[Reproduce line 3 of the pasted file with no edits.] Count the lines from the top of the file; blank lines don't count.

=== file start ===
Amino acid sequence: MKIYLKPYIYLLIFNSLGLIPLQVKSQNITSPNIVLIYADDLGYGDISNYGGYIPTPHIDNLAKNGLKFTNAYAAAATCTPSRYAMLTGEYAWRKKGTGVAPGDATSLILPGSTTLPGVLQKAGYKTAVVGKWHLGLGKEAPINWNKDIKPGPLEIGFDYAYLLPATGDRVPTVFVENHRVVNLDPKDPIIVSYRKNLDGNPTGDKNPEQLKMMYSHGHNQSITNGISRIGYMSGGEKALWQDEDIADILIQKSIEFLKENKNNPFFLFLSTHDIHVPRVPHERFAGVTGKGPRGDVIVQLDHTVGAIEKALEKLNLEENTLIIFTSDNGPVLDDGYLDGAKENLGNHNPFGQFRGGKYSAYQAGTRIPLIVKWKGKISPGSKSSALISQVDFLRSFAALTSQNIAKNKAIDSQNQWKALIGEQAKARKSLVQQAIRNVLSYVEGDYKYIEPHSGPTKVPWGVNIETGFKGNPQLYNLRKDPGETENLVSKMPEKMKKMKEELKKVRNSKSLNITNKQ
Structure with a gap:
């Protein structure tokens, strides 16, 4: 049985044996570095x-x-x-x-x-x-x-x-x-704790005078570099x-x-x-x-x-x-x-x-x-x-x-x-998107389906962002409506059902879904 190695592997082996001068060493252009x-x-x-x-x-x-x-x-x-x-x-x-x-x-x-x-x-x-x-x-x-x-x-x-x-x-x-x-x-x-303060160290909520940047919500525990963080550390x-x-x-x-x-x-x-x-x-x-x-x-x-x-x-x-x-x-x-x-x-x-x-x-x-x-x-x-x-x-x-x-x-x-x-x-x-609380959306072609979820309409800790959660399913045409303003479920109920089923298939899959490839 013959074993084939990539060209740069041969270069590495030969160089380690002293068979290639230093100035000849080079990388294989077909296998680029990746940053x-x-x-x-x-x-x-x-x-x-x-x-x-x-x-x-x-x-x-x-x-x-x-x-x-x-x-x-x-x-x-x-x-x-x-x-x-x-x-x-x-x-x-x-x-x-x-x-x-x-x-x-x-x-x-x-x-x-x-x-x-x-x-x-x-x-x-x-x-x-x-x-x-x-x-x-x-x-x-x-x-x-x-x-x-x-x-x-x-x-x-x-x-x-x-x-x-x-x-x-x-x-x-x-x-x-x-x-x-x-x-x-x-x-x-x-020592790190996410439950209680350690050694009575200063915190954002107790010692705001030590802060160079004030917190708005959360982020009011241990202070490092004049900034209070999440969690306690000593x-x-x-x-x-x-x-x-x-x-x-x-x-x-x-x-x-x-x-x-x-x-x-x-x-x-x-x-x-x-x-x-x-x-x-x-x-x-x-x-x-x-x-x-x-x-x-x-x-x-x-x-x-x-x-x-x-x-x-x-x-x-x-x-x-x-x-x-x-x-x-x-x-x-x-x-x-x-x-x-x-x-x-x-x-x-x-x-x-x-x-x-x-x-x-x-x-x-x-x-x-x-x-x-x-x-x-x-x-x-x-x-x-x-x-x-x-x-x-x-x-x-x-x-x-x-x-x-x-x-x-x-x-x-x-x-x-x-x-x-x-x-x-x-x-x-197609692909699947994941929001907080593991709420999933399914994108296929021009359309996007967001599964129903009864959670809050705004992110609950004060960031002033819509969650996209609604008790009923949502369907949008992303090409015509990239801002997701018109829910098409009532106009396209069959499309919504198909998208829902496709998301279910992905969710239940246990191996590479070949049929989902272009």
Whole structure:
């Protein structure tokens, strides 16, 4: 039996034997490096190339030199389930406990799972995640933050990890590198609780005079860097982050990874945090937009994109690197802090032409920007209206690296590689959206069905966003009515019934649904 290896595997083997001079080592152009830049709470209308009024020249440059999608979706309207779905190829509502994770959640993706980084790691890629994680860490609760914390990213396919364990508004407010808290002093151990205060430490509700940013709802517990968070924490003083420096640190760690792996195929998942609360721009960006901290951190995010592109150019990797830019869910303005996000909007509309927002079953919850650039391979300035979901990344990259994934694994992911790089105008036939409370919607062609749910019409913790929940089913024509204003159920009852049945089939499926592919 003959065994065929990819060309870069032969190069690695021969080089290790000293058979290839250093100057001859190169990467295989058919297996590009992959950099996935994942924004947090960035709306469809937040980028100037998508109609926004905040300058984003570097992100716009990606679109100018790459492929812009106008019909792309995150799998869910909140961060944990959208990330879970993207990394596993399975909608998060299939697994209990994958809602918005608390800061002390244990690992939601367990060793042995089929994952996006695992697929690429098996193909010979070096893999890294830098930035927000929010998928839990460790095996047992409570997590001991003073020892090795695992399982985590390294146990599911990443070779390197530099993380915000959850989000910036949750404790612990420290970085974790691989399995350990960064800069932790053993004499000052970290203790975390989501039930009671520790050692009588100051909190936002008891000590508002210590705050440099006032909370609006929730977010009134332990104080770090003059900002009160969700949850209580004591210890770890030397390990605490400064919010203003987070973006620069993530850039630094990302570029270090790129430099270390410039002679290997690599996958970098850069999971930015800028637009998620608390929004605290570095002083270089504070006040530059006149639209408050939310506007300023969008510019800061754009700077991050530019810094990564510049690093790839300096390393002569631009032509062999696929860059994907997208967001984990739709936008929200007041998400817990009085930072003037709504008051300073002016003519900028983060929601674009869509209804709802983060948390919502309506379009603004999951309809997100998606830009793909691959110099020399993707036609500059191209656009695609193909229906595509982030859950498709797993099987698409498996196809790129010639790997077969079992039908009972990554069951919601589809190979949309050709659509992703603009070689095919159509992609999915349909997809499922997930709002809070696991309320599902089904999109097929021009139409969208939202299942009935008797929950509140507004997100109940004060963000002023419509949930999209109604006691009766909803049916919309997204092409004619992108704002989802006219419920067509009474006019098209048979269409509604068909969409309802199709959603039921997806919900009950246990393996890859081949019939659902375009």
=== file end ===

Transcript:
């Protein structure tokens, strides 16, 4: 049985044996570095x-x-x-x-x-x-x-x-x-704790005078570099x-x-x-x-x-x-x-x-x-x-x-x-998107389906962002409506059902879904 190695592997082996001068060493252009x-x-x-x-x-x-x-x-x-x-x-x-x-x-x-x-x-x-x-x-x-x-x-x-x-x-x-x-x-x-303060160290909520940047919500525990963080550390x-x-x-x-x-x-x-x-x-x-x-x-x-x-x-x-x-x-x-x-x-x-x-x-x-x-x-x-x-x-x-x-x-x-x-x-x-609380959306072609979820309409800790959660399913045409303003479920109920089923298939899959490839 013959074993084939990539060209740069041969270069590495030969160089380690002293068979290639230093100035000849080079990388294989077909296998680029990746940053x-x-x-x-x-x-x-x-x-x-x-x-x-x-x-x-x-x-x-x-x-x-x-x-x-x-x-x-x-x-x-x-x-x-x-x-x-x-x-x-x-x-x-x-x-x-x-x-x-x-x-x-x-x-x-x-x-x-x-x-x-x-x-x-x-x-x-x-x-x-x-x-x-x-x-x-x-x-x-x-x-x-x-x-x-x-x-x-x-x-x-x-x-x-x-x-x-x-x-x-x-x-x-x-x-x-x-x-x-x-x-x-x-x-x-x-020592790190996410439950209680350690050694009575200063915190954002107790010692705001030590802060160079004030917190708005959360982020009011241990202070490092004049900034209070999440969690306690000593x-x-x-x-x-x-x-x-x-x-x-x-x-x-x-x-x-x-x-x-x-x-x-x-x-x-x-x-x-x-x-x-x-x-x-x-x-x-x-x-x-x-x-x-x-x-x-x-x-x-x-x-x-x-x-x-x-x-x-x-x-x-x-x-x-x-x-x-x-x-x-x-x-x-x-x-x-x-x-x-x-x-x-x-x-x-x-x-x-x-x-x-x-x-x-x-x-x-x-x-x-x-x-x-x-x-x-x-x-x-x-x-x-x-x-x-x-x-x-x-x-x-x-x-x-x-x-x-x-x-x-x-x-x-x-x-x-x-x-x-x-x-x-x-x-x-197609692909699947994941929001907080593991709420999933399914994108296929021009359309996007967001599964129903009864959670809050705004992110609950004060960031002033819509969650996209609604008790009923949502369907949008992303090409015509990239801002997701018109829910098409009532106009396209069959499309919504198909998208829902496709998301279910992905969710239940246990191996590479070949049929989902272009």